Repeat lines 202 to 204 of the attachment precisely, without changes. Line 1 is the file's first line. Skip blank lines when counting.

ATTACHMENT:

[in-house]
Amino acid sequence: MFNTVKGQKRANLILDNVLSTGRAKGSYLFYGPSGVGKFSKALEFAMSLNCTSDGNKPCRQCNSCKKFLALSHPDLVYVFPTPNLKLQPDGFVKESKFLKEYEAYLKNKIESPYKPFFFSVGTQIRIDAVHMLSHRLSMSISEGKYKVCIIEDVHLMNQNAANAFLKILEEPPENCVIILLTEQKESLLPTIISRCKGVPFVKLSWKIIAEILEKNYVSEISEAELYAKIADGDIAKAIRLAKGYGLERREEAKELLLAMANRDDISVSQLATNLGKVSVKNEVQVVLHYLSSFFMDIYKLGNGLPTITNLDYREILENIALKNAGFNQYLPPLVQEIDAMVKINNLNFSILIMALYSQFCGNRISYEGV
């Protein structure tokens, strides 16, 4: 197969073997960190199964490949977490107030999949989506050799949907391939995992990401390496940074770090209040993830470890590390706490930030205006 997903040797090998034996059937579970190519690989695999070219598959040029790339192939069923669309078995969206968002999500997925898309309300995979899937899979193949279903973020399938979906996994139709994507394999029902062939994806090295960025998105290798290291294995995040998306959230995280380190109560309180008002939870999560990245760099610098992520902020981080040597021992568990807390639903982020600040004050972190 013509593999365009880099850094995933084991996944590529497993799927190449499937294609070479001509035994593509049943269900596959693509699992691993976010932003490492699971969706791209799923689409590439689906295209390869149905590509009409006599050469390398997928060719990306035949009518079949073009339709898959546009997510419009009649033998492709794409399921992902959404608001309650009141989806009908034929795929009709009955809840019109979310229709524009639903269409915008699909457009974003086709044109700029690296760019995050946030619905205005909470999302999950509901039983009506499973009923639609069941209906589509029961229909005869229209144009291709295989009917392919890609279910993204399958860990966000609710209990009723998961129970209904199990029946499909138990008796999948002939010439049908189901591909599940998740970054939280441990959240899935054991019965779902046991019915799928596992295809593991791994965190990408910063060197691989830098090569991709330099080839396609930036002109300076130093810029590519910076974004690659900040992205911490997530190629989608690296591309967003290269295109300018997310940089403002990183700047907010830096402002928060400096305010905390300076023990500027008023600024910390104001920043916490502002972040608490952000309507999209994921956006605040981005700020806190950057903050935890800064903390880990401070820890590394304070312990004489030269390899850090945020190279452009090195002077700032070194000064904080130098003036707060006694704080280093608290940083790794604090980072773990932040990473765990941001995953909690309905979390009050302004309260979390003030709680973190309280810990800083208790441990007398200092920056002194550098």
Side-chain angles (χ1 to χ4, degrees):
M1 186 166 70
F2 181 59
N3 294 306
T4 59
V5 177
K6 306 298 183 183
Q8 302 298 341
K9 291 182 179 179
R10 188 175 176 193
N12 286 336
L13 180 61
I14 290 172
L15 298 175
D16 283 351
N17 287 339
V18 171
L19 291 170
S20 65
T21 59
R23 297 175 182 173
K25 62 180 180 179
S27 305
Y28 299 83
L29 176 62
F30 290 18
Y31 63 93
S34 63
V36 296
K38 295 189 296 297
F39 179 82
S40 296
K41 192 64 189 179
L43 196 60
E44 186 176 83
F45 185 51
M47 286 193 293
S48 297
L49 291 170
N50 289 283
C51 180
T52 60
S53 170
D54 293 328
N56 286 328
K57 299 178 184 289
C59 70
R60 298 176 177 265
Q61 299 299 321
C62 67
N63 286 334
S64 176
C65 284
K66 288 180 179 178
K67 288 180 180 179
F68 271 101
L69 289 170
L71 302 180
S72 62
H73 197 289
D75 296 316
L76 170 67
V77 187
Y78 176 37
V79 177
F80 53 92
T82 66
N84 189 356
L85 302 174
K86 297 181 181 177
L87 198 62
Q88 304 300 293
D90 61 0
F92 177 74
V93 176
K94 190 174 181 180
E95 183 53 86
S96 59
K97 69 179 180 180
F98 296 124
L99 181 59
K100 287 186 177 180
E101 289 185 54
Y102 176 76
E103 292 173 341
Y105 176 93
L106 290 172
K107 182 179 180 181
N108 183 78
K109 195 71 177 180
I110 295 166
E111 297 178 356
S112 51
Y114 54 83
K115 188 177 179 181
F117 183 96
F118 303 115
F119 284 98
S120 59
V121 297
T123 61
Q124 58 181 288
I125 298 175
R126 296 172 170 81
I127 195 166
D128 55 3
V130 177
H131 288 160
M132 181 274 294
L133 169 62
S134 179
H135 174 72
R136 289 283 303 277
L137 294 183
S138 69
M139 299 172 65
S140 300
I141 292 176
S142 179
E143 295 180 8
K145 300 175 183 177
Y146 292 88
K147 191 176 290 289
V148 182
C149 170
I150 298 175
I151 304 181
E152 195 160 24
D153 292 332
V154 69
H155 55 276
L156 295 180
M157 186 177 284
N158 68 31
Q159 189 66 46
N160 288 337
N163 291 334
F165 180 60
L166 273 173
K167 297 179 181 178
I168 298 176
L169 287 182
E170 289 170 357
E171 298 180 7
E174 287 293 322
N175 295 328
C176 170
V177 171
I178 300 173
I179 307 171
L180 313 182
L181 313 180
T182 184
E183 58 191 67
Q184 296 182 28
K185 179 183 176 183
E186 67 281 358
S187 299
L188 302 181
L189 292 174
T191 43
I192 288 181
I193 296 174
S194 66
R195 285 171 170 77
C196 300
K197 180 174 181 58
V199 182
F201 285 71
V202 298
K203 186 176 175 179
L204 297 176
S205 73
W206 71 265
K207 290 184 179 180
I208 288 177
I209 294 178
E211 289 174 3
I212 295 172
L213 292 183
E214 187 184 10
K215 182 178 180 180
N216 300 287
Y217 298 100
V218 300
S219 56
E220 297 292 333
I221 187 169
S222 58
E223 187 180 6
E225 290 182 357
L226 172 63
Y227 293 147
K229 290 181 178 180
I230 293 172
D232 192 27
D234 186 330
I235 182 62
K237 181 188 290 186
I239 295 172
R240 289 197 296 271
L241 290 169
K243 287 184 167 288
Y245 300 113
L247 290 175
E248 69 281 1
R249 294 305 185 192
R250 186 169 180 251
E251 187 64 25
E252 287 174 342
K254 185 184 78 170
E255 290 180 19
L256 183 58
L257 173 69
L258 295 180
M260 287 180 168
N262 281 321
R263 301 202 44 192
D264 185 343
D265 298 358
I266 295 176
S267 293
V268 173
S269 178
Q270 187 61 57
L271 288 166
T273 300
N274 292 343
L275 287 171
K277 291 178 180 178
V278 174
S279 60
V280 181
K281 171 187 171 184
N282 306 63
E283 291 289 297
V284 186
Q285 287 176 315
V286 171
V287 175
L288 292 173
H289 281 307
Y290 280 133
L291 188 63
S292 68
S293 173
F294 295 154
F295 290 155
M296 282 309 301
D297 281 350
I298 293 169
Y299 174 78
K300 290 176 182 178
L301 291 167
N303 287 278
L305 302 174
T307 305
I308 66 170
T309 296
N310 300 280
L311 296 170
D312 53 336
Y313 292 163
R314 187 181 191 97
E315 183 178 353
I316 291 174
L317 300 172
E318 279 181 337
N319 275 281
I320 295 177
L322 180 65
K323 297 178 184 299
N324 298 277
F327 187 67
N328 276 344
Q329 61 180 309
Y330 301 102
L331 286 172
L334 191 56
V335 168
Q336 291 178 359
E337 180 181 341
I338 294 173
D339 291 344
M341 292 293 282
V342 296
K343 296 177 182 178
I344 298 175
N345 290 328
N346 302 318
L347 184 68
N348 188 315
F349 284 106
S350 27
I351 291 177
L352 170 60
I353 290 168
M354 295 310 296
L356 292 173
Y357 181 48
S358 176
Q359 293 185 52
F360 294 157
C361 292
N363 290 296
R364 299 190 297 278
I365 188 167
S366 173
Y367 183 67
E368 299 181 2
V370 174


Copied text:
K237 181 188 290 186
I239 295 172
R240 289 197 296 271